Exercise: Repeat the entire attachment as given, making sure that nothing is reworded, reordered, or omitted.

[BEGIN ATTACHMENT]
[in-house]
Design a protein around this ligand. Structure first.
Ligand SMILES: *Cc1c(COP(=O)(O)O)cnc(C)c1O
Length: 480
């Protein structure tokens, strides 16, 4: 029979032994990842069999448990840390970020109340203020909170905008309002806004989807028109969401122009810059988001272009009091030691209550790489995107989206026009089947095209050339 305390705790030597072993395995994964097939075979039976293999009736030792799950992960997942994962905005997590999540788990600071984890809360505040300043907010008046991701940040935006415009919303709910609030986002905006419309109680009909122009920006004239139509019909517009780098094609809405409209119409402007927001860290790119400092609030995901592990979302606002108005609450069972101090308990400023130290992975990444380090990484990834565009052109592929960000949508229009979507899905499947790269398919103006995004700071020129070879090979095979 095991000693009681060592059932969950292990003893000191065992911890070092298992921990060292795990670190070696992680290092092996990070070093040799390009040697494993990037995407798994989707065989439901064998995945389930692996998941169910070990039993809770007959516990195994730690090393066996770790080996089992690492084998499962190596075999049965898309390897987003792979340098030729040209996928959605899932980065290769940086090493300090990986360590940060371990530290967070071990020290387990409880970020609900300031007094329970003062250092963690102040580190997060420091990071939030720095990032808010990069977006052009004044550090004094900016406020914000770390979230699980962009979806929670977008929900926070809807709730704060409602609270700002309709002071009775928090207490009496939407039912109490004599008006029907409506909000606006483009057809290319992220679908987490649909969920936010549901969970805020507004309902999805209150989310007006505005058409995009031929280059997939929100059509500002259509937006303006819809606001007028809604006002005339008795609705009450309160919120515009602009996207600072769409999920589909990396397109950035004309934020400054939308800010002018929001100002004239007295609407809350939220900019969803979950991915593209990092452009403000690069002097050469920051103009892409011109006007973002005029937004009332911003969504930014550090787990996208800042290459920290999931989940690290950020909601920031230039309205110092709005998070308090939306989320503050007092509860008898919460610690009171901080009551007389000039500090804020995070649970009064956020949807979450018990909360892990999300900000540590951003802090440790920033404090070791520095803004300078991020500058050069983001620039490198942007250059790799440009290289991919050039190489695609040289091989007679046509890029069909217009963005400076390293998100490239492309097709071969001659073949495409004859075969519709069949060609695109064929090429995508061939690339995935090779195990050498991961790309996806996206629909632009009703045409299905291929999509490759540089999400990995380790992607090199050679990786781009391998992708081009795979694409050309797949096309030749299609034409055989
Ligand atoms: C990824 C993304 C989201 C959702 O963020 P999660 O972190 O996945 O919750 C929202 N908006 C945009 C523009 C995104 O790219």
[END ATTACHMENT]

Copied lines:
[in-house]
Design a protein around this ligand. Structure first.
Ligand SMILES: *Cc1c(COP(=O)(O)O)cnc(C)c1O
Length: 480
């Protein structure tokens, strides 16, 4: 029979032994990842069999448990840390970020109340203020909170905008309002806004989807028109969401122009810059988001272009009091030691209550790489995107989206026009089947095209050339 305390705790030597072993395995994964097939075979039976293999009736030792799950992960997942994962905005997590999540788990600071984890809360505040300043907010008046991701940040935006415009919303709910609030986002905006419309109680009909122009920006004239139509019909517009780098094609809405409209119409402007927001860290790119400092609030995901592990979302606002108005609450069972101090308990400023130290992975990444380090990484990834565009052109592929960000949508229009979507899905499947790269398919103006995004700071020129070879090979095979 095991000693009681060592059932969950292990003893000191065992911890070092298992921990060292795990670190070696992680290092092996990070070093040799390009040697494993990037995407798994989707065989439901064998995945389930692996998941169910070990039993809770007959516990195994730690090393066996770790080996089992690492084998499962190596075999049965898309390897987003792979340098030729040209996928959605899932980065290769940086090493300090990986360590940060371990530290967070071990020290387990409880970020609900300031007094329970003062250092963690102040580190997060420091990071939030720095990032808010990069977006052009004044550090004094900016406020914000770390979230699980962009979806929670977008929900926070809807709730704060409602609270700002309709002071009775928090207490009496939407039912109490004599008006029907409506909000606006483009057809290319992220679908987490649909969920936010549901969970805020507004309902999805209150989310007006505005058409995009031929280059997939929100059509500002259509937006303006819809606001007028809604006002005339008795609705009450309160919120515009602009996207600072769409999920589909990396397109950035004309934020400054939308800010002018929001100002004239007295609407809350939220900019969803979950991915593209990092452009403000690069002097050469920051103009892409011109006007973002005029937004009332911003969504930014550090787990996208800042290459920290999931989940690290950020909601920031230039309205110092709005998070308090939306989320503050007092509860008898919460610690009171901080009551007389000039500090804020995070649970009064956020949807979450018990909360892990999300900000540590951003802090440790920033404090070791520095803004300078991020500058050069983001620039490198942007250059790799440009290289991919050039190489695609040289091989007679046509890029069909217009963005400076390293998100490239492309097709071969001659073949495409004859075969519709069949060609695109064929090429995508061939690339995935090779195990050498991961790309996806996206629909632009009703045409299905291929999509490759540089999400990995380790992607090199050679990786781009391998992708081009795979694409050309797949096309030749299609034409055989
Ligand atoms: C990824 C993304 C989201 C959702 O963020 P999660 O972190 O996945 O919750 C929202 N908006 C945009 C523009 C995104 O790219």